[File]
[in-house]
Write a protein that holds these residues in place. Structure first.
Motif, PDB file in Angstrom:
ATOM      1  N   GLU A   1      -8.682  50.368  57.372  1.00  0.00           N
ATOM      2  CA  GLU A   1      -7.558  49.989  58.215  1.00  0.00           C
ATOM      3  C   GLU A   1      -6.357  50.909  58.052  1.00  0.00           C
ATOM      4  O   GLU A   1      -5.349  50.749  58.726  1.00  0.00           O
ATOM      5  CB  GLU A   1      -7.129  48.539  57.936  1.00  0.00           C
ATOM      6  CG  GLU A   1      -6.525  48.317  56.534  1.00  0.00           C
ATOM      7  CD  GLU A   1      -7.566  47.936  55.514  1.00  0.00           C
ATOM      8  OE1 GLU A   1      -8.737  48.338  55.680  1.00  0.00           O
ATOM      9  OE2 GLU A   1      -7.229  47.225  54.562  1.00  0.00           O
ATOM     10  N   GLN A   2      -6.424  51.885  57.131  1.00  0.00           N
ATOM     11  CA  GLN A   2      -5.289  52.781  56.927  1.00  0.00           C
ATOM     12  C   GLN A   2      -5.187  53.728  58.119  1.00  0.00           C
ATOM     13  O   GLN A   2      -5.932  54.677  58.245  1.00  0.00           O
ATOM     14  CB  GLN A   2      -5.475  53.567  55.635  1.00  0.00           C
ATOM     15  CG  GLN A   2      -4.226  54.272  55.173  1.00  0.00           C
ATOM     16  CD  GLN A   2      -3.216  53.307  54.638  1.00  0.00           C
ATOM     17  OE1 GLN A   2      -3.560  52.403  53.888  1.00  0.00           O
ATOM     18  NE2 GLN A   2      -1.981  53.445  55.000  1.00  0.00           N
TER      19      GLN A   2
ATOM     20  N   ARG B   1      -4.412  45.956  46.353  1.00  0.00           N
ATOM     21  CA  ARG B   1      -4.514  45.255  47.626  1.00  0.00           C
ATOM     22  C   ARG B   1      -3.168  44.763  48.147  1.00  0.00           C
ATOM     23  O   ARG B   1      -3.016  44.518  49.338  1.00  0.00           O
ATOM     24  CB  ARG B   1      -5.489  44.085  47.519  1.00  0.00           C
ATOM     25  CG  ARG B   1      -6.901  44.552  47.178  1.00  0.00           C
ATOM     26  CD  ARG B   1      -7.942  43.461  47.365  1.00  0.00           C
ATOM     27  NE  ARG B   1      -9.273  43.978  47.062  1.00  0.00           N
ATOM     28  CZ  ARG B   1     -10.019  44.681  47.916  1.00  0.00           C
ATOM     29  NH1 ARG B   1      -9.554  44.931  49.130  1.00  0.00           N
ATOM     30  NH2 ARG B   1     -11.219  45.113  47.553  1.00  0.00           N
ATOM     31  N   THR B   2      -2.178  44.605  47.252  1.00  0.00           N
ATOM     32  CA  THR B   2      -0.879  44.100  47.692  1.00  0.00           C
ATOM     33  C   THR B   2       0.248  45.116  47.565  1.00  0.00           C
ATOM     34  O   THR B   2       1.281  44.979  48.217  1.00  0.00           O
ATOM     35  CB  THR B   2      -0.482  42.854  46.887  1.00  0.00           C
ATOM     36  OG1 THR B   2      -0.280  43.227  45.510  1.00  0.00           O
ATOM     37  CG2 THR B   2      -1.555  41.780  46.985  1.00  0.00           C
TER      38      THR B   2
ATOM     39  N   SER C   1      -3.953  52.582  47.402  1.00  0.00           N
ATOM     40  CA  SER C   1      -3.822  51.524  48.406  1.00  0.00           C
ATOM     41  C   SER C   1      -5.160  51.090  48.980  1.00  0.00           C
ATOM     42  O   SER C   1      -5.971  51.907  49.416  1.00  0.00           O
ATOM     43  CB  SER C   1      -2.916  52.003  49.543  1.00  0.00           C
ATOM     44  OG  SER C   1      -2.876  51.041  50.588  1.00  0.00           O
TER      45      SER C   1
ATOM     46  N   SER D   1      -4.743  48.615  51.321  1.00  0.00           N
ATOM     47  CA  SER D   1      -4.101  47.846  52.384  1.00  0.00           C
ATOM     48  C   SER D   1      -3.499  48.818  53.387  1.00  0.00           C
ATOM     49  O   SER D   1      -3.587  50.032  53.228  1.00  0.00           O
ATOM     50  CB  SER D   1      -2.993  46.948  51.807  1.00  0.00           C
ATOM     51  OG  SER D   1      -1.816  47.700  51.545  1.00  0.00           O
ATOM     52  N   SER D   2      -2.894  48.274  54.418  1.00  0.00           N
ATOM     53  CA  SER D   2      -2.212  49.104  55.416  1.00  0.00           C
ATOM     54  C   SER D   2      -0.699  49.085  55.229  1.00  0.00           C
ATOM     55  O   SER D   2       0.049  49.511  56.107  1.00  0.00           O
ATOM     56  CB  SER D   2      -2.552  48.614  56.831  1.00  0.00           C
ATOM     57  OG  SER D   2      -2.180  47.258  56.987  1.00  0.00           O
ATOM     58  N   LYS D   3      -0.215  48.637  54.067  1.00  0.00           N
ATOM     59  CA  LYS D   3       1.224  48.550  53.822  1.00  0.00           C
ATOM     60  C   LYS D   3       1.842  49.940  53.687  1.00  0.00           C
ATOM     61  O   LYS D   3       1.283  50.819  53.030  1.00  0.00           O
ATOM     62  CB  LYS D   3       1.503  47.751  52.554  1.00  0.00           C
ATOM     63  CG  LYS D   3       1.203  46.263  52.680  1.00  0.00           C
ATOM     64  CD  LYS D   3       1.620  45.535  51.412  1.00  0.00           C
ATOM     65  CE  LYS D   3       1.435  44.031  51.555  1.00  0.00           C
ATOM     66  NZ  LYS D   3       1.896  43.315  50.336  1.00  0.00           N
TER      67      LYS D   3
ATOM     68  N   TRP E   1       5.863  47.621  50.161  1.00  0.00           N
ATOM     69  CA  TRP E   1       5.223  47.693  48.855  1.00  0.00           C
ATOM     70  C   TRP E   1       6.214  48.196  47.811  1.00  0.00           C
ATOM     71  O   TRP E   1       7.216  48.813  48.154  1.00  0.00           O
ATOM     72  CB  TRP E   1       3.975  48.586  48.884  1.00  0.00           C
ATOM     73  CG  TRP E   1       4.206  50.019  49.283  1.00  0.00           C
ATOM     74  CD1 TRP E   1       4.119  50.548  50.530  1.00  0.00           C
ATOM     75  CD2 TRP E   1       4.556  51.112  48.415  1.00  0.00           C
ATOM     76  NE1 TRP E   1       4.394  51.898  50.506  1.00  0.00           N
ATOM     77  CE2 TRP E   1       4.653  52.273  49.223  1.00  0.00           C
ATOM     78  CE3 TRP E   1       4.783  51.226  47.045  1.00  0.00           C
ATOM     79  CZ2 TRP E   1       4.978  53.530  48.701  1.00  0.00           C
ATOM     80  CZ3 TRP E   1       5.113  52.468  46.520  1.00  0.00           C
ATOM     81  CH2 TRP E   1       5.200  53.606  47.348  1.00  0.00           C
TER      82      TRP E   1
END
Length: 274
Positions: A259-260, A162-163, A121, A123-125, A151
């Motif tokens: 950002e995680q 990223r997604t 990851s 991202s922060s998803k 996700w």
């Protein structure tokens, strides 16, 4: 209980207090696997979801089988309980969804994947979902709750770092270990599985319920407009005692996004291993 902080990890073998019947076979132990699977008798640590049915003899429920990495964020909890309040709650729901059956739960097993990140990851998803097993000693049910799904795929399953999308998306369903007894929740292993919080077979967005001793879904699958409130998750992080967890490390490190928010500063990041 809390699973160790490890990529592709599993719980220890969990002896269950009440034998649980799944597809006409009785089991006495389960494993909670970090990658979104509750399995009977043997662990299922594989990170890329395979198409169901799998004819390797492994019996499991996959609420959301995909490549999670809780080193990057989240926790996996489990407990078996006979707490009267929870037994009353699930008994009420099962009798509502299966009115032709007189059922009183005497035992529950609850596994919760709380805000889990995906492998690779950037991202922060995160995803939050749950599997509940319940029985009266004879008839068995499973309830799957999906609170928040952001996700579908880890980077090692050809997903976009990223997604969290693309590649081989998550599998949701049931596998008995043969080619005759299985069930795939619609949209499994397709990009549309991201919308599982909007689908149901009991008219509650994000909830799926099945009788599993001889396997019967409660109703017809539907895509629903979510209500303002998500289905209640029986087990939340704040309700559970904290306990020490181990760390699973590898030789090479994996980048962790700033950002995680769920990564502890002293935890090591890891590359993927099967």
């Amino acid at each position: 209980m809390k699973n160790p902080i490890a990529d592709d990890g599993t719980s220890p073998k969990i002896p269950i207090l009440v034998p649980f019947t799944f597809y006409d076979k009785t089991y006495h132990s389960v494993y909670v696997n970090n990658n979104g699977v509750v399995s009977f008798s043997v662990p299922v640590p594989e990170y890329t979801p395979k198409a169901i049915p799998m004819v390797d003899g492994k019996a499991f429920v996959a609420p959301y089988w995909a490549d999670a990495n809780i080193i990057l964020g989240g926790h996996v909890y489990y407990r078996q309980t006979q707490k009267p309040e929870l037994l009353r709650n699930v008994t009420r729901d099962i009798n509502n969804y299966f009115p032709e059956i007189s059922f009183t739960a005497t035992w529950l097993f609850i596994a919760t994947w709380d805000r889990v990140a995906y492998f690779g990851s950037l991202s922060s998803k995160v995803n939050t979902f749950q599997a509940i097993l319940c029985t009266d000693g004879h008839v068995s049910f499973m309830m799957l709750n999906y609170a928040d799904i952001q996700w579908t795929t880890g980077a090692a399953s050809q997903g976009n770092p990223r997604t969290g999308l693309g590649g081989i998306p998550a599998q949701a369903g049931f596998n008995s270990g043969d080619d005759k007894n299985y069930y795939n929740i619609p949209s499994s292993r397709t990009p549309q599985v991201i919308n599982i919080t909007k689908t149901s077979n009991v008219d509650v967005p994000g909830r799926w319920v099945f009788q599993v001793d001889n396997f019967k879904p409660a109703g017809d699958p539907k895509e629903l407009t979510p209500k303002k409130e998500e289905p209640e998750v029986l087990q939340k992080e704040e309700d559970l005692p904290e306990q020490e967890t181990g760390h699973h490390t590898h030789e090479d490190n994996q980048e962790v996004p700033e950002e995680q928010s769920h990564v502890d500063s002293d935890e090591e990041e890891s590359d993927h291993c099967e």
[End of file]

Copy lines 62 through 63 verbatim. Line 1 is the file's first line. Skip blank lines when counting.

ATOM     59  CA  LYS D   3       1.224  48.550  53.822  1.00  0.00           C
ATOM     60  C   LYS D   3       1.842  49.940  53.687  1.00  0.00           C